My constant search for a better understanding of the Type 2 diabetes that entered my life fifteen years ago keeps bringing me back to problems with sleep. It raises the question: Why is there such a strong link between poor sleep and Type 2?
Part of the sleep connection may lie in melatonin. As it turns out, melatonin has a lot in common with insulin. Both are hormones, though melatonin is produced by your pineal gland in the brain, while insulin is made in your pancreas (and also to some degree in the brain). Problems with either hormone are associated with diabetes.
Test show that melatonin is often low in people with the metabolic syndrome, which is a risk factor for Type 2 diabetes. The latest research has deepened evidence of a relationship between melatonin and regulation of insulin production in the pancreas.
Researchers began investigating when studies showed that nurses who worked the night shift had a higher incidence of metabolic syndrome and Type 2 diabetes. Other shift workers were also found to have the same problem.
The researchers found that messing up the circadian rhythm, which makes us want to sleep in the dark and be awake during the day, lowers our levels of melatonin and serotonin. By studying rats, they found that this rhythm is tied up with insulin production, too.
In young people without diabetes, melatonin levels are higher at night while insulin levels are low, and during the day melatonin is lower while insulin is higher. It is all part of our natural circadian rhythm.
But as we age, the melatonin levels lower. One result is that older people do not sleep as well.
What this sounds like to me is that melatonin affects sleep, which affects insulin, which in turn affects melatonin. It is a cycle I would love to know how to break.
Why should you care?
What if there are things we can do about this? The first thing I wondered was why not take a melatonin supplement? Melatonin is given to people who suffer from jet lag or who have severe insomnia. Why not people with diabetes as well?
Someone else already had that idea. What they found was that for people with Type 2 diabetes the supplement caused blood sugar to rise and be harder to control. Besides, the long-term effects of melatonin supplements are not fully known.
What can you do?
Happily, you can increase your melatonin in other ways. First, expose yourself to sunlight early in the morning, at least fifteen minutes of it. This boosts serotonin, the daytime hormone that turns into melatonin at night.
Get your circadian rhythm started early in the morning with bright light, and you will get more melatonin at night. And while you are getting sunshine, do a little exercise too. Serotonin will get a boost, and so will your mood.
To encourage melatonin release at night, lower the lighting for a while before bedtime, and sleep in complete darkness. This will also improve your sleep, which will improve blood sugar control as well.
You also need to understand where the melatonin in your body comes from. As I noted above, it is a product of serotonin metabolism, and serotonin comes from tryptophan.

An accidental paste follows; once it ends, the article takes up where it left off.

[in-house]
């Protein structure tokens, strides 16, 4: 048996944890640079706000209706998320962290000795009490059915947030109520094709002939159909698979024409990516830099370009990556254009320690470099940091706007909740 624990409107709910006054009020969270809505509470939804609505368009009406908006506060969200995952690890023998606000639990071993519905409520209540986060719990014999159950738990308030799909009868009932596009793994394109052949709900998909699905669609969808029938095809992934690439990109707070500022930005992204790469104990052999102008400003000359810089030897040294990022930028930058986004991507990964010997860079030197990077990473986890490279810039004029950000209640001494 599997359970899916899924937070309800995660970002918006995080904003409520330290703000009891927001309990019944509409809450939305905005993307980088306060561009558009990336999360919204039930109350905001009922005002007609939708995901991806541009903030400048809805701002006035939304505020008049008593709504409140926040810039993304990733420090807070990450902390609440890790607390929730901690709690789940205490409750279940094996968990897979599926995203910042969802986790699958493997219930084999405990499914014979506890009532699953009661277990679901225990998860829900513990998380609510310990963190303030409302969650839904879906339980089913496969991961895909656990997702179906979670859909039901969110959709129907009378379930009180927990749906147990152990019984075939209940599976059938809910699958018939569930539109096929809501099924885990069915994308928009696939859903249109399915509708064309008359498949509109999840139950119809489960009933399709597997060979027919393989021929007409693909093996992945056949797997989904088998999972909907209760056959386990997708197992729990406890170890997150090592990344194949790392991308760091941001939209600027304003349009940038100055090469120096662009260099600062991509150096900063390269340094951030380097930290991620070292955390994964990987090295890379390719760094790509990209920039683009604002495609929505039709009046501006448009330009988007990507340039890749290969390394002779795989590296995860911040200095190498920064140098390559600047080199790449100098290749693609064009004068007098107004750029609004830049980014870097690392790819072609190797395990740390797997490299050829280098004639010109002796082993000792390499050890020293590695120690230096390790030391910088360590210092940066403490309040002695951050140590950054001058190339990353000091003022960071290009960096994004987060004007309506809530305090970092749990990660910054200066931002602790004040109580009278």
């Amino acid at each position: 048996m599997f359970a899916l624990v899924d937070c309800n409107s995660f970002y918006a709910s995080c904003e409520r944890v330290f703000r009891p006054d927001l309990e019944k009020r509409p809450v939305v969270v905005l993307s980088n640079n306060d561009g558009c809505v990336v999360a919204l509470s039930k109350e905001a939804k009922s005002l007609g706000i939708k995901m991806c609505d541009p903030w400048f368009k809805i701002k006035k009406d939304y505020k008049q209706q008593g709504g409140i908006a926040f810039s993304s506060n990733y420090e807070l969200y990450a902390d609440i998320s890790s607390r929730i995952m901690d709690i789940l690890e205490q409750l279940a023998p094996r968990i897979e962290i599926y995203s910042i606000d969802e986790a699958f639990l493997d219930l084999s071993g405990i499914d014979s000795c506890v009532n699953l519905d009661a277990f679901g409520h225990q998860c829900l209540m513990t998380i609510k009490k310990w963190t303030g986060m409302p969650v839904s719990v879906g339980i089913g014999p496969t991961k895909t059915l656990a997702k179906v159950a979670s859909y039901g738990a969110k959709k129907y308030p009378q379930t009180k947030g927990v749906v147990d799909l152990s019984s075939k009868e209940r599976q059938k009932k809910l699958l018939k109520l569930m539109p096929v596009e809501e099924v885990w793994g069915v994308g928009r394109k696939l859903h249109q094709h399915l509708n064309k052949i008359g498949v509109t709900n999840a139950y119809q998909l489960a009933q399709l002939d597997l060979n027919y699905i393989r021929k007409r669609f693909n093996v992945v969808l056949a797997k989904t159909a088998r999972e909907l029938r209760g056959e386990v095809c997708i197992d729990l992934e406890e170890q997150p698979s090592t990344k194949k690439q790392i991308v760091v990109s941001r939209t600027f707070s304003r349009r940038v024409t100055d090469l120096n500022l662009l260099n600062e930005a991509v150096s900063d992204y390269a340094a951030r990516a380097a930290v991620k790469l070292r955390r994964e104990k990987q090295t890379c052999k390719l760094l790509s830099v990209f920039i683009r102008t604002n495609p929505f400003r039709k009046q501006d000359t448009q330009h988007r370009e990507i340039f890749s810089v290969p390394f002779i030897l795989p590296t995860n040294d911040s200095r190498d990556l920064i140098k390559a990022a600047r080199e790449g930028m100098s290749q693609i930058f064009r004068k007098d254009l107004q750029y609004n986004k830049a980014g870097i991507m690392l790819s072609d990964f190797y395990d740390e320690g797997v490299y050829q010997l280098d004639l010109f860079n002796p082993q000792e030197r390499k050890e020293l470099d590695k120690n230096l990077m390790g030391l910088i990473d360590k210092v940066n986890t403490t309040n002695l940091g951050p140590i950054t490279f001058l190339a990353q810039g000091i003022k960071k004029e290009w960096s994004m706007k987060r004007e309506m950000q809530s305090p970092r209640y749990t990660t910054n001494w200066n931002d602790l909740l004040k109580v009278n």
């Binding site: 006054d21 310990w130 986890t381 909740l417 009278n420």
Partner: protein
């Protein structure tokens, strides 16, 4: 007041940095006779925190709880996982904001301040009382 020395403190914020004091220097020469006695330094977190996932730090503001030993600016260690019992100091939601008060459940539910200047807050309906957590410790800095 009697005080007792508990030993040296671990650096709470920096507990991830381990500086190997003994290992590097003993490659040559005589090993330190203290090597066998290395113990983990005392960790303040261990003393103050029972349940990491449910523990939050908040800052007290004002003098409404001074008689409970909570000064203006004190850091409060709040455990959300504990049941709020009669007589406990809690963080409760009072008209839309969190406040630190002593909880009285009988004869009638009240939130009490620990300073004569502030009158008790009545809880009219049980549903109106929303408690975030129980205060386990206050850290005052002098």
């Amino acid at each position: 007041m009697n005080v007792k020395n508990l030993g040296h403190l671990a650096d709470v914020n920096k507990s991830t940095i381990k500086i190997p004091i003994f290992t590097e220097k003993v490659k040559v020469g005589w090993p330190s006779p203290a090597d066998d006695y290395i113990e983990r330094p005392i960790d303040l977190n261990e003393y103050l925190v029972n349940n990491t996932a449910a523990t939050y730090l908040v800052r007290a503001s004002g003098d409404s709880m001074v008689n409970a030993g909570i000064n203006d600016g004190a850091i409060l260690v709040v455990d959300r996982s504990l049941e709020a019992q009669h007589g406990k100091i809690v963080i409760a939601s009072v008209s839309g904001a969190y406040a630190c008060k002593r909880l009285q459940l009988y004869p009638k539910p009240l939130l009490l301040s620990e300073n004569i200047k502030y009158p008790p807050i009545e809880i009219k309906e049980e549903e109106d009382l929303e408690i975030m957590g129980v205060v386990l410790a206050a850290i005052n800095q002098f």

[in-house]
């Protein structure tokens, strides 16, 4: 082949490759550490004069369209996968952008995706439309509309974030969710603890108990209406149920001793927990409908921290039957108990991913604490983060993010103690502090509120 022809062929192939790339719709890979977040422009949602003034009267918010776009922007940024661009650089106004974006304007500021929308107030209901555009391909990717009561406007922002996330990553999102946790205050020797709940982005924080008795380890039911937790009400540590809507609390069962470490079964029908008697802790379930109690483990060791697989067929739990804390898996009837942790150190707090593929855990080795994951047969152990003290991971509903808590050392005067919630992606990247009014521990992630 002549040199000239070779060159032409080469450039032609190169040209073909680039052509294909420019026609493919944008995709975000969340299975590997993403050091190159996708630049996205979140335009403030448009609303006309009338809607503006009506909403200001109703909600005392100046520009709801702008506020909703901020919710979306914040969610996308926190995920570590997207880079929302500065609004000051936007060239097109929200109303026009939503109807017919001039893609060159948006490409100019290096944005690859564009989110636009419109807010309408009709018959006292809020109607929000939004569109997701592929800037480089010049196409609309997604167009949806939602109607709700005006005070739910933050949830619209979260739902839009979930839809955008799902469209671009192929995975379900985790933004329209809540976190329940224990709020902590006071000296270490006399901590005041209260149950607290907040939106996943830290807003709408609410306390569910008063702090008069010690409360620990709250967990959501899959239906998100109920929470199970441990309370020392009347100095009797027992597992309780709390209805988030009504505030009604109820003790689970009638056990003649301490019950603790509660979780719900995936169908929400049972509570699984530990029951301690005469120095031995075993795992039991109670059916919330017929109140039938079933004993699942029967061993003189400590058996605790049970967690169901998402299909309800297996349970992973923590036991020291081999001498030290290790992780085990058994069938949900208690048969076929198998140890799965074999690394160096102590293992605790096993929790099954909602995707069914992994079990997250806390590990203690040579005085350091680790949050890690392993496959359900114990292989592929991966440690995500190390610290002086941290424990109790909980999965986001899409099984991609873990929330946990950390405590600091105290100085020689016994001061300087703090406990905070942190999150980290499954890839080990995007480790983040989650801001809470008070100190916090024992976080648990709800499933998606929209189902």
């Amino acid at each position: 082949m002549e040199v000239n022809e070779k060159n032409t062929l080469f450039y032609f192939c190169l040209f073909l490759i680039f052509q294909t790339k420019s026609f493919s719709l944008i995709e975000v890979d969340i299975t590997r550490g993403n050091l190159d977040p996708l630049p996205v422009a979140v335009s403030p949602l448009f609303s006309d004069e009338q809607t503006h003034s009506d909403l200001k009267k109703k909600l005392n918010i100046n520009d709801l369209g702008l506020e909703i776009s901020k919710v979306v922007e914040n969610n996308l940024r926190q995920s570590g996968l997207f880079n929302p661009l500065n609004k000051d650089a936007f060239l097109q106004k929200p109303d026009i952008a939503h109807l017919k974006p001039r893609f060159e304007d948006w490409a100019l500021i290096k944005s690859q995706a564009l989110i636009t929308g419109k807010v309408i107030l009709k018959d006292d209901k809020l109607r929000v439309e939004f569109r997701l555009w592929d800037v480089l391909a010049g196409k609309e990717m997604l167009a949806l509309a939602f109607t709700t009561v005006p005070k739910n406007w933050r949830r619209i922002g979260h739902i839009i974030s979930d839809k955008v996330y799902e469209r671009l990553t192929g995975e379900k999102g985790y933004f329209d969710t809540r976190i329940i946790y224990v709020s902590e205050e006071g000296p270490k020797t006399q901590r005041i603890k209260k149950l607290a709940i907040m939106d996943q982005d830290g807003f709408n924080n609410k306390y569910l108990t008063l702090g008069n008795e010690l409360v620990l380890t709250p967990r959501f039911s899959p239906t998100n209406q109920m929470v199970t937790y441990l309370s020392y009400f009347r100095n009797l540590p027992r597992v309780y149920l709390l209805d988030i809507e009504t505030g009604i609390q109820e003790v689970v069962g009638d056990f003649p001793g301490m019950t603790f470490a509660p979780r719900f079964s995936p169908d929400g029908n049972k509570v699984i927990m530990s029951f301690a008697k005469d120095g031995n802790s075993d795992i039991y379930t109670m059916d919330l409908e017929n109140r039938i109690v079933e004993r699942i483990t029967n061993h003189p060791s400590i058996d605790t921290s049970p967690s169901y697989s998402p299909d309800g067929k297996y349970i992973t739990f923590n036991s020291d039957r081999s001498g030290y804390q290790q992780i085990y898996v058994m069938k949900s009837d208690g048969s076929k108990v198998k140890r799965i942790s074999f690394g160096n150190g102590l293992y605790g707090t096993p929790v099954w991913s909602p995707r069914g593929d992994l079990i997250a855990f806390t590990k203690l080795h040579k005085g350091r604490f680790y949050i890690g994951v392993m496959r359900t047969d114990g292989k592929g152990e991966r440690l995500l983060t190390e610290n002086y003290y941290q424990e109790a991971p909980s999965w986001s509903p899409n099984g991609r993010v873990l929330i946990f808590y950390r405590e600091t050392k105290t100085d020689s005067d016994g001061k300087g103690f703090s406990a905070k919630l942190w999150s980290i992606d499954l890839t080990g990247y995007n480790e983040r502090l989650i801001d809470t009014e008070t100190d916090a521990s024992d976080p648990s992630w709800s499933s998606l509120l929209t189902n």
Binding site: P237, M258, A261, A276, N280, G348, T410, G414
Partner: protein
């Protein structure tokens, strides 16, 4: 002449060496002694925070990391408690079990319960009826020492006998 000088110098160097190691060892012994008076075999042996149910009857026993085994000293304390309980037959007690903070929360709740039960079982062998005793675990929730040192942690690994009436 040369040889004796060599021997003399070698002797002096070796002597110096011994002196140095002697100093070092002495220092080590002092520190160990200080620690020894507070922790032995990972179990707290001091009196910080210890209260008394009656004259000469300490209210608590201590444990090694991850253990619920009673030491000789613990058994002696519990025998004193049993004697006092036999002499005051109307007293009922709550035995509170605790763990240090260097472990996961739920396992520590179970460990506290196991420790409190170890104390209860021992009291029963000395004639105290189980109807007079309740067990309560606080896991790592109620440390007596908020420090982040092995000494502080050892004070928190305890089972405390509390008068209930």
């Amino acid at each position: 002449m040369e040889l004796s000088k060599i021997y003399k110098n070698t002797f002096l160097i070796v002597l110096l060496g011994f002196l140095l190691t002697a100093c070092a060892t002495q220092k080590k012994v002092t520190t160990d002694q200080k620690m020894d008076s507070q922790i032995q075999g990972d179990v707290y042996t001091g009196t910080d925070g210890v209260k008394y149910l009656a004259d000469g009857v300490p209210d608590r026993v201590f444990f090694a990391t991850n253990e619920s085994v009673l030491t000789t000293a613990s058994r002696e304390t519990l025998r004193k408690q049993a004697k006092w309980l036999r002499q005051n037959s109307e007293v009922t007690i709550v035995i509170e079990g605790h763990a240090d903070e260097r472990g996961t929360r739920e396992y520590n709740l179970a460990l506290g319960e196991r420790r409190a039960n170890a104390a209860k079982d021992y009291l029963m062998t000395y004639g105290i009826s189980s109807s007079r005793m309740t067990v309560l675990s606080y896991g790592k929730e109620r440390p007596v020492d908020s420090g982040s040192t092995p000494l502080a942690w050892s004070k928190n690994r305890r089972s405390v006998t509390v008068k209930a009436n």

Where do you get tryptophan? The best source of this powerful substance is food. If you eat things high in tryptophan, you will improve your chances of producing enough melatonin.
Have you heard that Thanksgiving dinner makes you sleepy because of the tryptophan in turkey? Well, that is not entirely true. Chicken has the same amount of tryptophan, and there is more in seafood and red meat.
The foods that are highest in tryptophan are spirulina (seaweed), dried egg whites, and soy products. There is also a lot of tryptophan in watercress, which is a fresh salad green, and in spinach, too. Cheeses, walnuts, and roasted pumpkin seeds are also among the foods that have large amounts of tryptophan.
So it will not be hard to get plenty of tryptophan without using supplements — it is always better to get the things you need from your food if possible. However, l-tryptophan is available everywhere vitamins are sold.
Be aware that the supplement passes the blood–brain barrier at a higher rate than the tryptophan in foods. It is sometimes used by people who have depression and sleep disorders, among other things.
This is some of what I have learned about melatonin’s link to Type 2 diabetes. I hope it helps you and that you are not overwhelmed by yet another side of this difficult journey.
Take care of yourself. You matter.
Source URL: https://dsm.diabetesselfmanagement.com/blog/melatonin-sleep-and-type-2-diabetes/
Martha Zimmer: Martha Zimmer is a 64-year-old grandmother who has had Type 2 diabetes for the past 14 years. She grew from complete ignorance of diabetes to owning a flourishing diabetes website with thousands of new readers every month. Her passion is to help others with Type 2 diabetes by sharing her mistakes and the things she has learned from them. Meet her at www.a-diabetic-life.com. (Martha Zimmer is not a medical professional.)
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